Tuesday, September 25, 2007

Essay by Alison Ross

by Alison Ross

“Imagination is more important than knowledge” Albert Einstein once said, and if anyone should understand that, he should. After all, Einstein was indirectly involved in developing the atomic bomb, and yet later he became staunchly opposed to using creative discoveries in destructive ways.

To be perfectly clear and fair, Einstein merely evolved the mathematical formula that led to the atomic bomb creation. True, at one point he did urge the Americans to build the bomb, if only because he feared the Germans would do it first. Later, he regretted his actions, for his discoveries had been distorted toward appalling ends - i.e., the horrific atomic annihilations of Nagasaki and Hiroshima.

So, suffice it to say that Einstein intuitively understood that knowledge has negligible value if it’s misused or abused. It’s one thing to be knowledgeable, but it’s quite another to put one’s education to innovative use.

Lack of imagination is the reason why most people are dangerously disposed to rigid conformity in terms of personal style, thinking patterns and political philosophies. It’s why most modern-day home and office building architecture features an austerely generic look, on the inside and out, why most people sport a similar sartorial fashion, passively accept on-the-job abuse, and vote for robotic despots instead of boisterously clamoring for dynamic leaders who will bring indelible change.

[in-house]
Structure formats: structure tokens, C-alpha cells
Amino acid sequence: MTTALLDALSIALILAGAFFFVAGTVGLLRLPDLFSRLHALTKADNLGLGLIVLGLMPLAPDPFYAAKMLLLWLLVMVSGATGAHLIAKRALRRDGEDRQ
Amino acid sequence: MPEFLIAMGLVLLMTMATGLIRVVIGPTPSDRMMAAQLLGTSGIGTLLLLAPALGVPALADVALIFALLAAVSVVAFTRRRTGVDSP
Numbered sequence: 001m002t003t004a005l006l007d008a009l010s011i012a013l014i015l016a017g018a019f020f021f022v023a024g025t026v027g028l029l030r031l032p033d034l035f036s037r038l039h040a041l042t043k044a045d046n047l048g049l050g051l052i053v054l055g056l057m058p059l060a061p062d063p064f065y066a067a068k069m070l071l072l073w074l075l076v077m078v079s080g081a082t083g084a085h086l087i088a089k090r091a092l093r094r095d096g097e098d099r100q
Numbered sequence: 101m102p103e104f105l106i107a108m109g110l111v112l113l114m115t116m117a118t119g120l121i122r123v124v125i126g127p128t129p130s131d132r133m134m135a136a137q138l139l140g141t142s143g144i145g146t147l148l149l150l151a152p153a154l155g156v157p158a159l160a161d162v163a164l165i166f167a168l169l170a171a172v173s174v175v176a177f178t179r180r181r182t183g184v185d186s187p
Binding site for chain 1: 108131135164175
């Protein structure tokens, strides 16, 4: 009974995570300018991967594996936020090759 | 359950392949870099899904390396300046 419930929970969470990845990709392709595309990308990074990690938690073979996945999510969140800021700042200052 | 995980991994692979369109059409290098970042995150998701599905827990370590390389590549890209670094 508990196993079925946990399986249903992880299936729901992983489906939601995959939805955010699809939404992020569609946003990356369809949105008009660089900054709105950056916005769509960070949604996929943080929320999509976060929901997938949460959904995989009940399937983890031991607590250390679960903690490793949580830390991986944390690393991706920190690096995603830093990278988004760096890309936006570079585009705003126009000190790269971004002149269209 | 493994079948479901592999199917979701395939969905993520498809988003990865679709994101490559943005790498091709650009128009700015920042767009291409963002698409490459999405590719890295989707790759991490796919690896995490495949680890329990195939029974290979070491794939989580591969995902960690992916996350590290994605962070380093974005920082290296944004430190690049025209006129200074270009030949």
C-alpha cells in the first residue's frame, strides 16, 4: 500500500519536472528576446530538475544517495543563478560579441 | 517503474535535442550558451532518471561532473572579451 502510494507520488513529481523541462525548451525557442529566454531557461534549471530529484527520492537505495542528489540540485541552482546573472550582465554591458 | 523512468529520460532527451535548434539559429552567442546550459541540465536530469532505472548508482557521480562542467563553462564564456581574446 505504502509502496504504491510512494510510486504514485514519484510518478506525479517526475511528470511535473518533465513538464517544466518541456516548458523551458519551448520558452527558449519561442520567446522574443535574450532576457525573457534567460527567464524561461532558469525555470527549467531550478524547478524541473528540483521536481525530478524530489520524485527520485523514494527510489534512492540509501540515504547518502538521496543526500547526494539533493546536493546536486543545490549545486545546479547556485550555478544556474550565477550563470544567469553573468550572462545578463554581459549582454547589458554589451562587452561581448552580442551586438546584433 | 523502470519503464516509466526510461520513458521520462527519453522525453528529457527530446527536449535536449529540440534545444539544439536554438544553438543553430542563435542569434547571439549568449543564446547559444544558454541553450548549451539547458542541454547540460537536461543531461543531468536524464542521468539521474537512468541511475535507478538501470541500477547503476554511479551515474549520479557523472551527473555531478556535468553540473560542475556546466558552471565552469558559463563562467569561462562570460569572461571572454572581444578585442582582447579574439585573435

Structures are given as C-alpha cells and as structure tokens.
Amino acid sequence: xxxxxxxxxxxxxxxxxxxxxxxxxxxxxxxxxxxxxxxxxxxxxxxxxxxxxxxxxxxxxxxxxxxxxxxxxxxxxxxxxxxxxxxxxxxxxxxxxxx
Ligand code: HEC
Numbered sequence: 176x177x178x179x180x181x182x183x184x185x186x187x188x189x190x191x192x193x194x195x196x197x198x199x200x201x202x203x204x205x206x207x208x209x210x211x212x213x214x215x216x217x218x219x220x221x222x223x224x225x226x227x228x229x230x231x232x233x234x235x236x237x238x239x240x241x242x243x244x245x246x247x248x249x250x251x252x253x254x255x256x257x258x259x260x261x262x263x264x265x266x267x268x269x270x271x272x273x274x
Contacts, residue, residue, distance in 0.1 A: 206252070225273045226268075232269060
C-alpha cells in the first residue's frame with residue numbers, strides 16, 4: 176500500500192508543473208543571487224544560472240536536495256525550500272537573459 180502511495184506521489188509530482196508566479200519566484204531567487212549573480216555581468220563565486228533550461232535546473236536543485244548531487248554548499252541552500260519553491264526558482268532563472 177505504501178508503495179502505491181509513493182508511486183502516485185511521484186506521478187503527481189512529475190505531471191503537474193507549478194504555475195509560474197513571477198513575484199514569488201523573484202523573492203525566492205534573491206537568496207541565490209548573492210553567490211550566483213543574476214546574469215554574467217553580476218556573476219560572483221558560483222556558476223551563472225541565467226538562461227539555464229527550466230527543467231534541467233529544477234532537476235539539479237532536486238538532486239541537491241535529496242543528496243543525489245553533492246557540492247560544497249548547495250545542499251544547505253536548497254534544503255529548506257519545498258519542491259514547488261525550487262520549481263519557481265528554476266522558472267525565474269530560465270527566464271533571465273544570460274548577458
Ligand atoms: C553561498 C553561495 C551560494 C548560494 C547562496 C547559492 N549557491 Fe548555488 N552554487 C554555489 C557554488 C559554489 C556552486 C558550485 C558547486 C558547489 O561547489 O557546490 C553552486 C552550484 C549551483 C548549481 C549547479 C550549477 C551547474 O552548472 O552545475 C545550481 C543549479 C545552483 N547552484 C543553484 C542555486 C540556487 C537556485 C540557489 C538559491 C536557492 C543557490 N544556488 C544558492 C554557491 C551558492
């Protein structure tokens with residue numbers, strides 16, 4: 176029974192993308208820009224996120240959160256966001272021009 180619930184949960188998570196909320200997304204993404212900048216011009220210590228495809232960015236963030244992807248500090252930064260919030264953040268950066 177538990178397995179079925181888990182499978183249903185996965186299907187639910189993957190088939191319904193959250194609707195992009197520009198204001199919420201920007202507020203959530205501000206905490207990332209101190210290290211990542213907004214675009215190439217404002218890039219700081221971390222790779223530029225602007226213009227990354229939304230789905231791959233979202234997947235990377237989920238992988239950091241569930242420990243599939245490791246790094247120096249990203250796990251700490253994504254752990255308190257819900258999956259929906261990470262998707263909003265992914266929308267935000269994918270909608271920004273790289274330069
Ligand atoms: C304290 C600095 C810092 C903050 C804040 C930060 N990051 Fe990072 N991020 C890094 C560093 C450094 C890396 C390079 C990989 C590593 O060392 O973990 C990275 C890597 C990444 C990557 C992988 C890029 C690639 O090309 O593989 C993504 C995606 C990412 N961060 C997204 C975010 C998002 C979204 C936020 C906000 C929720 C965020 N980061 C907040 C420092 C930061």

Lack of imagination is why most people prize sports over the arts. It’s not to say that we should not value physical pursuits. After all, sports can be artistic activity unto themselves. However, rather than embracing sports so manically and hyperbolically, we should seamlessly integrate them into a culture which cherishes the visual and poetic arts above all else. Witness athletes’ obnoxious salaries and their ubiquitous media existence. What does this tell us about our culture’s priorities?

Lack of imagination is the reason for corporate hegemony. Big business brings more misery than good into the world – it creates environmental suffering, economically and socially oppresses, and perpetuates the insipid illusion that consumerism is king. Small businesses, on the other hand, generally are vibrant forces in a society, because they sublimate the profit-motive by manufacturing interesting, meaningful products, and endowing a culture with a sense of color and novelty. Independent bookstores and CD stores, for instance, are often gleaming examples of the irrepressible inventive spirit.

Lack of imagination is why our world is so submerged in suffering. There are many things to celebrate about life, and yet, that’s only really true if you have ready access to food, shelter, education, and so on. Many people do not have access to these bare basics of life. Indeed, upwards of one billion people are miserably poor. Is this because individuals make bad choices, or because societies make bad choices? I say the latter. If society made more compassionate choices, then poverty would diminish, and humanity would flourish. Compassion is a key component in imagination.

Einstein’s pronouncement that imagination is more important than knowledge is so ridiculously true it hurts. Imagination is everything. Yes, we need knowledge in order for imagination to have tools to work with. But without imagination, knowledge becomes unfocused, wayward and ripe for corruption.

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